What Is a Recreational Kayak?

Dan Cavallari
Dan Cavallari
Woman with hand on her hip
Woman with hand on her hip

A recreational kayak is a type of boat used by infrequent or beginner kayakers. It is modeled after a traditional kayak, which is a long, slender vessel designed to move swiftly through the water, though the recreational kayak is usually shorter and wider than a touring, or traditional, kayak. The width of the kayak is extended for stability and more responsive steering; touring kayaks tend to be longer for speed, but they also tend to be more difficult to steer, especially in rough waters. The cost of recreational models is likely to be lower than other types of kayaks as well.

Added stability and ease of use make the recreational kayak a great choice for beginners, hobbyists, and even fishermen. A person interested in fishing from the kayak will find added stability when shifting his or her weight, casting the line, and otherwise moving about the cockpit to reach items stowed inside or on the deck. It is possible to find a recreational kayak that features rigging to secure a fishing pole and other fishing equipment, further making this boat a great choice for such purposes. Some recreational kayak models even feature a sit-on-top cockpit that allows the paddler to sit on the deck rather than inside the boat itself.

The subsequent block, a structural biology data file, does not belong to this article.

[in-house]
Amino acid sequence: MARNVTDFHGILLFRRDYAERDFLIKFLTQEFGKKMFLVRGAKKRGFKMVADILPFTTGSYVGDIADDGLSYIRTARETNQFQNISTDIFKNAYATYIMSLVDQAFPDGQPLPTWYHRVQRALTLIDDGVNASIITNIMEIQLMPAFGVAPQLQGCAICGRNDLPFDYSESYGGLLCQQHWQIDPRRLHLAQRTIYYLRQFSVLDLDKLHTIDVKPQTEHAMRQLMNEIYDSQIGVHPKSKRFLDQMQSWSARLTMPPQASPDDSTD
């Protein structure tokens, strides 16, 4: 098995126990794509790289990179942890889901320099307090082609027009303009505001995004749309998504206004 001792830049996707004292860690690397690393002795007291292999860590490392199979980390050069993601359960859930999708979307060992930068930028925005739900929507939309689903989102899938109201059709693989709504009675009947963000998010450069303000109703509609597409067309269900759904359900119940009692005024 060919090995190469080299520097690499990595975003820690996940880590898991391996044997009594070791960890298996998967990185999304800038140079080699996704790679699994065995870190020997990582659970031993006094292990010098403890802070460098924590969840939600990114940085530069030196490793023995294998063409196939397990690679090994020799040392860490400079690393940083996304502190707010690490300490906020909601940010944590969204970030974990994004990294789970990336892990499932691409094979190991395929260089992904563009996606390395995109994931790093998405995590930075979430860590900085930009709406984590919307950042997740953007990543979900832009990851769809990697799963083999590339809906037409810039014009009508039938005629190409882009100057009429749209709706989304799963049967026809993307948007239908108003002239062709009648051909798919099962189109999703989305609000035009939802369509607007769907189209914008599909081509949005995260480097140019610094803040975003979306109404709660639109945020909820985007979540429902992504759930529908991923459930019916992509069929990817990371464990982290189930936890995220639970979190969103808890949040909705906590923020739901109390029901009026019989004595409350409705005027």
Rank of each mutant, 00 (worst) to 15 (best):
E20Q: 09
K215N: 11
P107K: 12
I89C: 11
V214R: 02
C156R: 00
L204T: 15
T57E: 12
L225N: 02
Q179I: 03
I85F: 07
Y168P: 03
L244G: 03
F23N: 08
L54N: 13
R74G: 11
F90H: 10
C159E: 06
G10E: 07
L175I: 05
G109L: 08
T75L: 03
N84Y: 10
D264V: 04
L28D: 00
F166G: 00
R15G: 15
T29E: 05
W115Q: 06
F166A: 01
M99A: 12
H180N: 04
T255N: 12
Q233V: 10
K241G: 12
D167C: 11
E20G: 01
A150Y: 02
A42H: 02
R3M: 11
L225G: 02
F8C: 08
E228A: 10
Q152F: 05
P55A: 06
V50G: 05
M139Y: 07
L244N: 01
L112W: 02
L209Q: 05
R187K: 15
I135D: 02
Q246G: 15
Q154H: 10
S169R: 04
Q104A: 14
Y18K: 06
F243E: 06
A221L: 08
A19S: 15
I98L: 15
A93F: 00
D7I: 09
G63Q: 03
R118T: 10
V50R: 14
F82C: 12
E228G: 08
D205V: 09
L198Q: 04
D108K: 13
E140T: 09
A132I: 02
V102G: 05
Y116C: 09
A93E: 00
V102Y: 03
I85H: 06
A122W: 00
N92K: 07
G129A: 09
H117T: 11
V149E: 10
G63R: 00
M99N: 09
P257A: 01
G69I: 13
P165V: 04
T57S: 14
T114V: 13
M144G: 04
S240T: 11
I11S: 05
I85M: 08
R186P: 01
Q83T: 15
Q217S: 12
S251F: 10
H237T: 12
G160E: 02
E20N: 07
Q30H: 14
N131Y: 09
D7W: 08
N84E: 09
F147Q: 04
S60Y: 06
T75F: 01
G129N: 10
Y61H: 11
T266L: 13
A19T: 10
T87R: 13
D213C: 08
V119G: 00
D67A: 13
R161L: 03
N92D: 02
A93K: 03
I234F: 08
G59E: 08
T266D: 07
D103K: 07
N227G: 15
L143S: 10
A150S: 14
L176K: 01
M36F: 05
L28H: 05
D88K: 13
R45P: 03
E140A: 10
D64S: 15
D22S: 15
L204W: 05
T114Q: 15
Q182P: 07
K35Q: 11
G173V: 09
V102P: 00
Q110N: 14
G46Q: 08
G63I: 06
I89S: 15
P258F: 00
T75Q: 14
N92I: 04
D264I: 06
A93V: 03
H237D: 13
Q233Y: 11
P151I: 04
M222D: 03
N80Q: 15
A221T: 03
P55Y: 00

Beginner kayakers will benefit from the stability of the wider kayak as well, since beginners often have trouble staying balanced in the narrow boats. The width will also help prevent the beginner from tipping over, which is especially important if the beginner kayaker has not mastered the wet exit. This is a maneuver in which the paddler escapes the cockpit of the kayak when it is capsized; wet exits take practice to do safely, so a beginner may benefit from the wider kayak to prevent the necessity of a wet exit.

Like other types of kayaks, a recreational kayak may be a single-person model or a tandem. Tandem models feature two cockpits rather than one. The drawback to a tandem kayak is the added length of the boat, which can make steering more difficult. The paddlers will also need to learn how to manage the balance of the boat with two people in it rather than one. These boats can be propelled more easily, however, since two paddlers will be supplying the forward power rather than just one. These boats can also feature a cockpit in which a paddler will sit, or a sit-on-top cockpit that allows for easier movement while sitting on the boat.

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